Heptacodium miconiodes

“The Seven-Son Flower”(SSF) has to be one of my top 5 trees for the residential landscape. I grade very harshly on the best because the need to have either 4 season interest, or another characteristic so powerful . . . the tree becomes a must have in the designed landscape.

tree heptacodium m 'full'
A small tree only 15′-20′ high in Zone 5 and maybe a 10′-12′ foot spread means H. miconiodes will have a small footprint on the typical suburban landscape. Great cranky branching, long leaf open habit with just a little pruning sets this tree off and we haven’t even got to the best part and there are many best parts.

In Flower
In Flower

Clusters of fragrant white flowers appear ‘late summer’ they’re beautiful and they last for several weeks. The smell is great and when you can site the tree to take advantage of this fragrance all the better.

heptacodium m 'flower and trunk'

Here’s where things start to come together the leaf, the fragrant flower, and look at that trunk-which only gets better and better over time. The exfoliation of the bark is beautiful. SSF is close to Lagerstromeia indica “Crape Myrtle” and Acer griseum “paperbark maple” in terms of bark interest in small trees, but there is more . . . Even the story behind Hepatocodium m. is a good one. From the ONLA plant selection page:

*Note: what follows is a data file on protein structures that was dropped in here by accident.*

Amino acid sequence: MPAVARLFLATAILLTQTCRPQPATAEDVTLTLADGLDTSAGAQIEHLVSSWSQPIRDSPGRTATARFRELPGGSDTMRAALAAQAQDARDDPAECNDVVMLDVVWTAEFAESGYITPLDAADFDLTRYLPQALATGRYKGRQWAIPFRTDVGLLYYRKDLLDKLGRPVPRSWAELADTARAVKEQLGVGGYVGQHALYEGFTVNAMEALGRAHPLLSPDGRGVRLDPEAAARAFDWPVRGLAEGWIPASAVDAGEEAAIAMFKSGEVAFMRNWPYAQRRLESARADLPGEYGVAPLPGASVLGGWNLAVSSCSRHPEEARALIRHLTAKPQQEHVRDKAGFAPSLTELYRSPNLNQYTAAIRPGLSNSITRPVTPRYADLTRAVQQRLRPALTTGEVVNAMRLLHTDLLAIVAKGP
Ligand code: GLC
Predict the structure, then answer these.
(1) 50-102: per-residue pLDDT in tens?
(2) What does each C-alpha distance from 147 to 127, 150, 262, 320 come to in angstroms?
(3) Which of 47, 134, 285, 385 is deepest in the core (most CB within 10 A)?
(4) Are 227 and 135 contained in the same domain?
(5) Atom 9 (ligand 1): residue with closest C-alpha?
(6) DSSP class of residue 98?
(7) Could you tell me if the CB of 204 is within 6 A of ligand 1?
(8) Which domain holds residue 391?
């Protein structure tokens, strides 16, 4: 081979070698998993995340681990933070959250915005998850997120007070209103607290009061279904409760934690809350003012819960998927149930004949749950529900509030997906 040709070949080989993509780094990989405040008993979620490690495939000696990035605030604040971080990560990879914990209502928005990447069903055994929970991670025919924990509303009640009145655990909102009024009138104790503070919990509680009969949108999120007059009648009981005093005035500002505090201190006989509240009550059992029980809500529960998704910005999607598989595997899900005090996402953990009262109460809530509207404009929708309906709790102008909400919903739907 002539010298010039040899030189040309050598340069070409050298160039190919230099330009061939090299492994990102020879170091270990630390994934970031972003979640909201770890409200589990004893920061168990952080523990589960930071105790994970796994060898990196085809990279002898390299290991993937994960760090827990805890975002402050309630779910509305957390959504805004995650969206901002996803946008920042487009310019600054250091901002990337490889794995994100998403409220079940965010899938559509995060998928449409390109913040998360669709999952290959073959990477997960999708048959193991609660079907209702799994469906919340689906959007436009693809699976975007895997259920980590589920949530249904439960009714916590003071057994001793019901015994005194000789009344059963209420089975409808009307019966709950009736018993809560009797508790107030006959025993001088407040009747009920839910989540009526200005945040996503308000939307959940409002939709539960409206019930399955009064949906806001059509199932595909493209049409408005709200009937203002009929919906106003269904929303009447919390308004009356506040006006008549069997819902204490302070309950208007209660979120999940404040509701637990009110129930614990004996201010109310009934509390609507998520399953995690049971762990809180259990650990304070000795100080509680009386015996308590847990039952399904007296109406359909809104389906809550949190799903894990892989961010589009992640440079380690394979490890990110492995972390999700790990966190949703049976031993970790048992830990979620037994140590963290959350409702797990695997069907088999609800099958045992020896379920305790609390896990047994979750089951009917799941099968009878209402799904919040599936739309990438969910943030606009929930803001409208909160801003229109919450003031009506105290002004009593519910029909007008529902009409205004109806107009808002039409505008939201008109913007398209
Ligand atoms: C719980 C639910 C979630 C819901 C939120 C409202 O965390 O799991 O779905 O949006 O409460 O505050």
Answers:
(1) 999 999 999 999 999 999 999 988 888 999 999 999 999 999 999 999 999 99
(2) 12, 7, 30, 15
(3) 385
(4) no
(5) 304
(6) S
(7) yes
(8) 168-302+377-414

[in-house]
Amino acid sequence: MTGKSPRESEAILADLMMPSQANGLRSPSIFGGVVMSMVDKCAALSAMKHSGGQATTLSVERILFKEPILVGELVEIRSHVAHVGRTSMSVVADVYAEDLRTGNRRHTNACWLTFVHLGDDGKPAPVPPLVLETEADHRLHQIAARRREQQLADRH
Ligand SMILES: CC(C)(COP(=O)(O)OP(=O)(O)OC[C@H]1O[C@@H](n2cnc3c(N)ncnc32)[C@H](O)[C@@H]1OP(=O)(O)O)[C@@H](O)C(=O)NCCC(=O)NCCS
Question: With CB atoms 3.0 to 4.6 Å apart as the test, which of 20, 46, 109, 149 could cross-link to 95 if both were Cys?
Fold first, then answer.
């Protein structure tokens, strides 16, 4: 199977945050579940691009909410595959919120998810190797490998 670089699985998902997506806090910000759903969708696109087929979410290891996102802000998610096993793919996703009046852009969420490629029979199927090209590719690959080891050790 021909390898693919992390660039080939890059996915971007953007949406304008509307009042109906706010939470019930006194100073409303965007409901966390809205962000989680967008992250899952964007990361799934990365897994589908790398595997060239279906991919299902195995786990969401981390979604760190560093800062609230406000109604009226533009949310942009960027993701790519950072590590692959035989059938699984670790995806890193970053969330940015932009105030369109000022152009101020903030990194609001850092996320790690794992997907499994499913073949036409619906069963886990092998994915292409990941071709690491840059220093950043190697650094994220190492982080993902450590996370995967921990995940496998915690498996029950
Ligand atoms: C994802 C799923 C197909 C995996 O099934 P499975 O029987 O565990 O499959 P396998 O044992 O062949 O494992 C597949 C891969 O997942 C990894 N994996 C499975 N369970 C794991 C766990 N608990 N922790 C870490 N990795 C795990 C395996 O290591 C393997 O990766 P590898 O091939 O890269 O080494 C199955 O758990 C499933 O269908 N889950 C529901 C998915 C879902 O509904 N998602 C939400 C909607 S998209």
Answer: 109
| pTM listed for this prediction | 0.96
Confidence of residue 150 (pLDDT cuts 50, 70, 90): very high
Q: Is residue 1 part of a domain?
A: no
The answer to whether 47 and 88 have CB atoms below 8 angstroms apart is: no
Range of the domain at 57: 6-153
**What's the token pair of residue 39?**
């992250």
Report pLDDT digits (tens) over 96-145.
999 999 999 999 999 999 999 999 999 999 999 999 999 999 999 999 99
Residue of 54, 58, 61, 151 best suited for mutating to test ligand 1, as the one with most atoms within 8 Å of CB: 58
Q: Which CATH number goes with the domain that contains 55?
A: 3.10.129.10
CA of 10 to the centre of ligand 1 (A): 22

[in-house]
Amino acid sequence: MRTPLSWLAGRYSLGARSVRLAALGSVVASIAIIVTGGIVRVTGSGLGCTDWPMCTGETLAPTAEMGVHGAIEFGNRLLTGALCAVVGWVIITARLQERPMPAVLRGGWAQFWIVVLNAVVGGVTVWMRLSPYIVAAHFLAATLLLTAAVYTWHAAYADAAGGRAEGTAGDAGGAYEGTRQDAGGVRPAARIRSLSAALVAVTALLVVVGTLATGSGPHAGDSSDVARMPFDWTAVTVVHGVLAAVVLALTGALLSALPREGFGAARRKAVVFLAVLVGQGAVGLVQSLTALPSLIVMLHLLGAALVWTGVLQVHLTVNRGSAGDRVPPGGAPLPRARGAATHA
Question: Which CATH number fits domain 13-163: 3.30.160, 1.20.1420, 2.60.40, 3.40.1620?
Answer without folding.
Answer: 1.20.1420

Hardy from USDA zones 5 through 8, Heptacodium is native to eastern China (Zhejiang Province) where it is rare. In fact, all the plants currently in cultivation in the U.S. are from a single plant in the Hangzhou Botanical Garden, the seed being first introduced in 1980.

From the Arnold Arboretum site where the tree was 1st brought to the U.S in, I believe 1917 and nothing much happened. However all SSF now available were part of the seeds brought back from the 1980 trip to China . . . which was the 1st trip to Chna since 1949 to do any collecting:

H. miconioides was introduced to North America by the Arnold Arboretum immediately following the 1980 Sino-American Botanical Expedition to Hubei Province.

As I understand it there are now more SSF growing in the U.S. than anywhere else in the World, this includes China. In my reading I got the idea that this tree no longer occurs naturally in China. . . what a shame, and to top it off when talking about this great tree . . . I’m willing to bet the average Landscape Contractor could not identify SSF.

A True 4 Season Tree
A True 4 Season Tree

In the fall another spectacular display the rosey red calyces replace those white flowers. These calyces remain most of the fall putting on another good show. here’s a tip for you-if, if you can get some late day back lighting the red calyces put on a great show. It’s the calyces and not a change of leaf color that make the fall show and; of course, the bark which carries on throughout the winter. Did I mention there were no known diseases or pest . . . I hadn’t? Well I am now.

I was personally introduced to this tree by the late-great plantsman Dr. J. C. Raulston from the North Carolina State Arboretum. Dr. Daulston was my favorite to go hear lecture. In an hour he would flash slides of 90 different species that the audience had little or no knowledge of and he would just rattle off the information-never saw him with any notes-ever.